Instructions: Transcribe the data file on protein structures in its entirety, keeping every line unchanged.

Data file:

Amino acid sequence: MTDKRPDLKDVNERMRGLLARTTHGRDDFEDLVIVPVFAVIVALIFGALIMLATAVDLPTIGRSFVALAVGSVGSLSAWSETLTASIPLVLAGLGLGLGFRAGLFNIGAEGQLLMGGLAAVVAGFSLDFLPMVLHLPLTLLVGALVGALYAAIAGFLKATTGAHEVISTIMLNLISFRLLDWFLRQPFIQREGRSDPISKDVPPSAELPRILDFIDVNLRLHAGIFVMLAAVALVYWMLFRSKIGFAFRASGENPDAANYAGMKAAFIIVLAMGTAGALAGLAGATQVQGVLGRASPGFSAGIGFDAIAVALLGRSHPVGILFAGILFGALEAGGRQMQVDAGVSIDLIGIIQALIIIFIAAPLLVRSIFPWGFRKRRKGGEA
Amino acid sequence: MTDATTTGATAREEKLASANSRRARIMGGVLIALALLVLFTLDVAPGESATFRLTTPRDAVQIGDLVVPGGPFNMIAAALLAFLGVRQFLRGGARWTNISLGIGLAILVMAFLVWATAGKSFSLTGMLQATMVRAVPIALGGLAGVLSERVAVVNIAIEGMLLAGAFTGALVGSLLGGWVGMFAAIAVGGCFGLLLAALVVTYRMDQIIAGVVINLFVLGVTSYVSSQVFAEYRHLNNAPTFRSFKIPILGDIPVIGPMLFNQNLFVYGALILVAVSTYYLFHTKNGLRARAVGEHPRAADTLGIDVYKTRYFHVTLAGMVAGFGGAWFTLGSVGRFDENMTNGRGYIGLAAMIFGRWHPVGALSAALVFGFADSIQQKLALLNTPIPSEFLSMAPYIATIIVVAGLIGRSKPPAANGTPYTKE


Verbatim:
Amino acid sequence: MTDKRPDLKDVNERMRGLLARTTHGRDDFEDLVIVPVFAVIVALIFGALIMLATAVDLPTIGRSFVALAVGSVGSLSAWSETLTASIPLVLAGLGLGLGFRAGLFNIGAEGQLLMGGLAAVVAGFSLDFLPMVLHLPLTLLVGALVGALYAAIAGFLKATTGAHEVISTIMLNLISFRLLDWFLRQPFIQREGRSDPISKDVPPSAELPRILDFIDVNLRLHAGIFVMLAAVALVYWMLFRSKIGFAFRASGENPDAANYAGMKAAFIIVLAMGTAGALAGLAGATQVQGVLGRASPGFSAGIGFDAIAVALLGRSHPVGILFAGILFGALEAGGRQMQVDAGVSIDLIGIIQALIIIFIAAPLLVRSIFPWGFRKRRKGGEA
Amino acid sequence: MTDATTTGATAREEKLASANSRRARIMGGVLIALALLVLFTLDVAPGESATFRLTTPRDAVQIGDLVVPGGPFNMIAAALLAFLGVRQFLRGGARWTNISLGIGLAILVMAFLVWATAGKSFSLTGMLQATMVRAVPIALGGLAGVLSERVAVVNIAIEGMLLAGAFTGALVGSLLGGWVGMFAAIAVGGCFGLLLAALVVTYRMDQIIAGVVINLFVLGVTSYVSSQVFAEYRHLNNAPTFRSFKIPILGDIPVIGPMLFNQNLFVYGALILVAVSTYYLFHTKNGLRARAVGEHPRAADTLGIDVYKTRYFHVTLAGMVAGFGGAWFTLGSVGRFDENMTNGRGYIGLAAMIFGRWHPVGALSAALVFGFADSIQQKLALLNTPIPSEFLSMAPYIATIIVVAGLIGRSKPPAANGTPYTKE